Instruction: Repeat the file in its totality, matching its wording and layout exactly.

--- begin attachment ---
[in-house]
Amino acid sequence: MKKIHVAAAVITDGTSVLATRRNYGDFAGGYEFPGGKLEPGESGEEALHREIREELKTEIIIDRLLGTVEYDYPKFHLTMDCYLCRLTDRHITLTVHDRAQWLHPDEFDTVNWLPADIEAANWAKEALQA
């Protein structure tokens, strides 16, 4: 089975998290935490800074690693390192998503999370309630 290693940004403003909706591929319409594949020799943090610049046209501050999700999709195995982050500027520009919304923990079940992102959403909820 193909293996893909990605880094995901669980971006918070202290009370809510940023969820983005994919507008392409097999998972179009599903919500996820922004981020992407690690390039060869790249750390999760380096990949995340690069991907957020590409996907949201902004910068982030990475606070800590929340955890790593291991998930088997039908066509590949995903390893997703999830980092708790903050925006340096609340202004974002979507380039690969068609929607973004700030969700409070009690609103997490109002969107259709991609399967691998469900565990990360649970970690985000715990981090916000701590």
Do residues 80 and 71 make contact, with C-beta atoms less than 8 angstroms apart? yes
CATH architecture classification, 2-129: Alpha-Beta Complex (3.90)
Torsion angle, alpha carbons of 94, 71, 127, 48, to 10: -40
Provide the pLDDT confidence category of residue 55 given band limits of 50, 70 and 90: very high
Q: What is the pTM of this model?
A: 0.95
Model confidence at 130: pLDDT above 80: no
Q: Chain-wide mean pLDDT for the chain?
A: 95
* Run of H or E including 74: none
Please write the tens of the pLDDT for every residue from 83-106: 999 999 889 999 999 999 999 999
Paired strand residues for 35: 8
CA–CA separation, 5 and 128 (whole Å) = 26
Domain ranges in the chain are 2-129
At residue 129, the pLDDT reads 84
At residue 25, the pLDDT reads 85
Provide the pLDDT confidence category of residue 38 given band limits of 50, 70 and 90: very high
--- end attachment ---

[in-house]
Amino acid sequence: MKKIHVAAAVITDGTSVLATRRNYGDFAGGYEFPGGKLEPGESGEEALHREIREELKTEIIIDRLLGTVEYDYPKFHLTMDCYLCRLTDRHITLTVHDRAQWLHPDEFDTVNWLPADIEAANWAKEALQA
């Protein structure tokens, strides 16, 4: 089975998290935490800074690693390192998503999370309630 290693940004403003909706591929319409594949020799943090610049046209501050999700999709195995982050500027520009919304923990079940992102959403909820 193909293996893909990605880094995901669980971006918070202290009370809510940023969820983005994919507008392409097999998972179009599903919500996820922004981020992407690690390039060869790249750390999760380096990949995340690069991907957020590409996907949201902004910068982030990475606070800590929340955890790593291991998930088997039908066509590949995903390893997703999830980092708790903050925006340096609340202004974002979507380039690969068609929607973004700030969700409070009690609103997490109002969107259709991609399967691998469900565990990360649970970690985000715990981090916000701590």
Do residues 80 and 71 make contact, with C-beta atoms less than 8 angstroms apart? yes
CATH architecture classification, 2-129: Alpha-Beta Complex (3.90)
Torsion angle, alpha carbons of 94, 71, 127, 48, to 10: -40
Provide the pLDDT confidence category of residue 55 given band limits of 50, 70 and 90: very high
Q: What is the pTM of this model?
A: 0.95
Model confidence at 130: pLDDT above 80: no
Q: Chain-wide mean pLDDT for the chain?
A: 95
* Run of H or E including 74: none
Please write the tens of the pLDDT for every residue from 83-106: 999 999 889 999 999 999 999 999
Paired strand residues for 35: 8
CA–CA separation, 5 and 128 (whole Å) = 26
Domain ranges in the chain are 2-129
At residue 129, the pLDDT reads 84
At residue 25, the pLDDT reads 85
Provide the pLDDT confidence category of residue 38 given band limits of 50, 70 and 90: very high